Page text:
The Kenyan government must suspend the repayment of debts until such a time that is morally, humanly and culturally agreeable, through the participation of the Kenyan people. Kenya should also ignore the IMF reforms package and stop repaying the illegal, illegitimate, odious and unsustainable debts that is owed to shadowy creditors and that were incurred under conditions that violated established Kenyan legal and constitutional procedures in the Public Finance Management Act and article 201 of the Constitution of Kenya 2010, that included policy prescriptions violating Kenyan laws and human rights standards, that are unacceptable and the that lenders issued with an intention of denying the Kenyan people their fundamental civil, political, social and cultural rights and that cannot be serviced without affecting the ability or capacity of the Kenyan government to fulfill its basic human rights obligations, such as those relating to healthcare, education, water and sanitation and adequate housing.

KPL is instead asking the Kenyan government to focus on adopting sustainable means of food production that promotes climate justice and are not fossil fuel intensive and is driven by provision of livelihoods to the millions of Kenyans that are on risk of being driven to poverty by market driven IMF prescriptions.

Kenyan needs to adopt agro-ecology which is a way of life and food production that treats the Earth with respect and care, not as a resource but understands that there is an intimate relationship between humans and their ecology that cannot be reduced to a single value in monetary terms.

KPL is calling upon Kenyans to rise up against the global debt system that is a neo-colonial tool used by the global financial systems to undermine the sovereignty of Kenya as a nation, grab our resources, control our food production system and should demand that the Kenyan Government repudiate the illegal, illegitimate and odious debt Odious Debt According to the doctrine, for a debt to be odious it must meet two conditions:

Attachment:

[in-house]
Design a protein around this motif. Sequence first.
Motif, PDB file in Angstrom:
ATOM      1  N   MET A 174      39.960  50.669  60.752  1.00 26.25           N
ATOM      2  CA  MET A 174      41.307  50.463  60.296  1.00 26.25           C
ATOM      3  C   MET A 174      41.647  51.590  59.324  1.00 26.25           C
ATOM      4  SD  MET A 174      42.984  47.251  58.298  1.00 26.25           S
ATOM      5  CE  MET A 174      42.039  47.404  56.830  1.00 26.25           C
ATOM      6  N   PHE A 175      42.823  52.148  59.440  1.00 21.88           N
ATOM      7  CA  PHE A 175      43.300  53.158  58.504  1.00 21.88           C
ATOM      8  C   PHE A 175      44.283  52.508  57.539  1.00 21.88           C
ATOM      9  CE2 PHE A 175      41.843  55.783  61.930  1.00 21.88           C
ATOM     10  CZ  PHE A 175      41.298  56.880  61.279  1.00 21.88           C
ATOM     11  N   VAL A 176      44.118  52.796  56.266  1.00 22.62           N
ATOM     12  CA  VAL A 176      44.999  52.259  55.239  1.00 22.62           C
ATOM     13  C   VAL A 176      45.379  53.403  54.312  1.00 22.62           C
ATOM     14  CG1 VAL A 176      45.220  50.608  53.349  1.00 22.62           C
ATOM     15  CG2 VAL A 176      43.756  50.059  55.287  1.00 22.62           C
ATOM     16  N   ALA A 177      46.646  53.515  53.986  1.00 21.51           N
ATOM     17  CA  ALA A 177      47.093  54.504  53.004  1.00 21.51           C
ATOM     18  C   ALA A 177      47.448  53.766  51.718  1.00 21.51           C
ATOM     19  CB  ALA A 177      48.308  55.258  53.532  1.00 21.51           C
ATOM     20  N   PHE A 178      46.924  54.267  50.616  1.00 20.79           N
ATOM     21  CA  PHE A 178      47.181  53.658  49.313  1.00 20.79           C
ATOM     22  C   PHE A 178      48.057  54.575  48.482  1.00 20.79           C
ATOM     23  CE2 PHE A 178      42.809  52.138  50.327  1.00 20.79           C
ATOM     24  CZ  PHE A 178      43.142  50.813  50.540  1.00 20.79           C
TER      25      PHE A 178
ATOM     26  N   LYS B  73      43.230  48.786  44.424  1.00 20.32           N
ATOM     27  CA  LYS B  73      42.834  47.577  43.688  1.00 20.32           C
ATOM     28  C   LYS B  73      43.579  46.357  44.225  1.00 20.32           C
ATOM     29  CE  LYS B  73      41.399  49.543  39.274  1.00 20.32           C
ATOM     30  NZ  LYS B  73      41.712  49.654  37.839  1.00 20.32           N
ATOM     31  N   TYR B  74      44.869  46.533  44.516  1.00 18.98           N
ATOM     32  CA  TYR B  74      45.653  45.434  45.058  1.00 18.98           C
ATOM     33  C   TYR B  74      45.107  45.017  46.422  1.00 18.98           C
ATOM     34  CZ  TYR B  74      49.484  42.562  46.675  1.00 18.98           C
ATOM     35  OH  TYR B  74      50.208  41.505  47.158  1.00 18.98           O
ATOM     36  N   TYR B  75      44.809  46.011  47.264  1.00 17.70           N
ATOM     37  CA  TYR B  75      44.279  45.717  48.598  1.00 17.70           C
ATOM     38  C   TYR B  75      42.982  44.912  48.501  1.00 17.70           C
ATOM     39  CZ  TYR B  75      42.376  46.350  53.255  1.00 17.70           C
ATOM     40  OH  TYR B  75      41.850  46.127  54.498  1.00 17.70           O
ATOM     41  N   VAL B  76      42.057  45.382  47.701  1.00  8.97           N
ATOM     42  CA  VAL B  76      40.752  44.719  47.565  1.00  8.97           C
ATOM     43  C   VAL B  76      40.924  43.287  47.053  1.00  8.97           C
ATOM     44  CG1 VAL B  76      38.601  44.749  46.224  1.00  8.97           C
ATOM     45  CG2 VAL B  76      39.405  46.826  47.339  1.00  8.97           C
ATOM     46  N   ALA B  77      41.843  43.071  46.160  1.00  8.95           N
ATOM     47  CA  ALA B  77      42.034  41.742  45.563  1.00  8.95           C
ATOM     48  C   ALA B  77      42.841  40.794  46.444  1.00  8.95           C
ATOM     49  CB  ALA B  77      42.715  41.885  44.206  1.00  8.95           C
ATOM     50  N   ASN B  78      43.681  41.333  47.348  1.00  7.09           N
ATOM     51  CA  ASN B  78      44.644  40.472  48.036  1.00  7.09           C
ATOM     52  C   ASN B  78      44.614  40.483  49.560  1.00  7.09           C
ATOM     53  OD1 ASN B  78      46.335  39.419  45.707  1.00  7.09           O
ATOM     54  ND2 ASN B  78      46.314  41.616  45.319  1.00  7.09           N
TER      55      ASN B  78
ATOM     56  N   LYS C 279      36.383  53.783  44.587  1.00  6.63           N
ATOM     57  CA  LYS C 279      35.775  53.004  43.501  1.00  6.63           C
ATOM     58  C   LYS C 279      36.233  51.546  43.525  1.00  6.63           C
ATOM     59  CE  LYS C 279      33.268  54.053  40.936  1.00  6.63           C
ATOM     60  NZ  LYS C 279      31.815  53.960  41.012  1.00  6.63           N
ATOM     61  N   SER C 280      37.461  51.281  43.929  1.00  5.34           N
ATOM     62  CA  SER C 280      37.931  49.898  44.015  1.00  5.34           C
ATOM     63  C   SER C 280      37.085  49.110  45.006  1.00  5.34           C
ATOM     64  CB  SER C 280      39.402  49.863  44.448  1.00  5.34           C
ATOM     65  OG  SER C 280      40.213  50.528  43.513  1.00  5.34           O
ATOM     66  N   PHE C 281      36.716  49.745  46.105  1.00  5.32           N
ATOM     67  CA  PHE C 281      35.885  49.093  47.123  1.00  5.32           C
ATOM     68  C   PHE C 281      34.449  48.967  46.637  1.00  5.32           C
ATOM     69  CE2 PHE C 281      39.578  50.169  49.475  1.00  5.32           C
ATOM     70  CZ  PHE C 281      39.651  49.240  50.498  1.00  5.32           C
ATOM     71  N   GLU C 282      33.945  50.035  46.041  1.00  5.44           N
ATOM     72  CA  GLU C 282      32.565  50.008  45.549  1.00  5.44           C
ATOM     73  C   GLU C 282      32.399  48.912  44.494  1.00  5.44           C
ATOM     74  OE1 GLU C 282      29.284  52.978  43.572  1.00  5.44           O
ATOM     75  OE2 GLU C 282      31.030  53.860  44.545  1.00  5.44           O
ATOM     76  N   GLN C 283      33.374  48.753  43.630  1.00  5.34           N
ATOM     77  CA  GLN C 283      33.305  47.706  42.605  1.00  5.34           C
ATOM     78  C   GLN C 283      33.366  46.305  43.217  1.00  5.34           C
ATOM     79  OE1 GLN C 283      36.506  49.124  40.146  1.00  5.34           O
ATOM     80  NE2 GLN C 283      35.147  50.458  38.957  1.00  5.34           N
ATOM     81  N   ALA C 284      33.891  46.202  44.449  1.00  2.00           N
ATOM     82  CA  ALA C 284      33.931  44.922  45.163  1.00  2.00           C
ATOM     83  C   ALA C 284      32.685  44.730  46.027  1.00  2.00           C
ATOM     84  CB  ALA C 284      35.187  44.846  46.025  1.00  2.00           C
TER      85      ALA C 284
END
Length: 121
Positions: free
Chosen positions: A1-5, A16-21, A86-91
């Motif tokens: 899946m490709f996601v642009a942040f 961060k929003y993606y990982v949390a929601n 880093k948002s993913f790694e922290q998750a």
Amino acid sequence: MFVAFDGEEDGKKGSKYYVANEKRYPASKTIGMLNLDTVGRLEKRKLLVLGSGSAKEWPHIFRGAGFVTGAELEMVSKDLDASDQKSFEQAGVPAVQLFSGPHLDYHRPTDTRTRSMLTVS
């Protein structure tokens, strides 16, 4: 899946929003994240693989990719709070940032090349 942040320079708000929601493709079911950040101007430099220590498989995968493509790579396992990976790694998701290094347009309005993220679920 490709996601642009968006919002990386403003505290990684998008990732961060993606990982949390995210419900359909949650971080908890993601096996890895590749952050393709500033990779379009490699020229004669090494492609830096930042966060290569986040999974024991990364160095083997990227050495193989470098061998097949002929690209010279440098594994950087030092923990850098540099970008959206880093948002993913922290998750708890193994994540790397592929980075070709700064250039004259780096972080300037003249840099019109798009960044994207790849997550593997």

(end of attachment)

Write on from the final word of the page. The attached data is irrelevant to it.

1) It must have been contracted against the interests of the Nation, or against the interests of the People, or against the interests of the State.
2) Creditors cannot prove they they were unaware of how the borrowed money would be used.

We must underline that according to the doctrine of odious debt, the nature of the borrowing regime or government does not signify, since what matters is what the debt is used for. If a democratic government gets into debt against the interests of its population, the contracted debt can be called odious if it also meets the second condition. Consequently, contrary to a misleading version of the doctrine, odious debt is not only about dictatorial regimes.

(See Éric Toussaint, The Doctrine of Odious Debt : from Alexander Sack to the CADTM).

The father of the odious debt doctrine, Alexander Nahum Sack, clearly says that odious debts can be contracted by any regular government. Sack considers that a debt that is regularly incurred by a regular government can be branded as odious if the two above-mentioned conditions are met.
He adds, “once these two points are established, the burden of proof that the funds were used for the general or special needs of the State and were not of an odious character, would be upon the creditors.”

Sack defines a regular government as follows: “By a regular government is to be understood the supreme power that effectively exists within the limits of a given territory. Whether that government be monarchical (absolute or limited) or republican; whether it functions by “the grace of God” or “the will of the people”; whether it express “the will of the people” or not, of all the people or only of some; whether it be legally established or not, etc., none of that is relevant to the problem we are concerned with.”

So clearly for Sack, all regular governments, whether despotic or democratic, in one guise or another, can incur odious debts.
owed to shadowy creditors and have become unsustainable.

David Calleb Otieno

KPL International Coordinator and Convener, Kenyan Social Movements for Abolition of Illegitimate Debts

Other articles in English by David Calleb Otieno (7)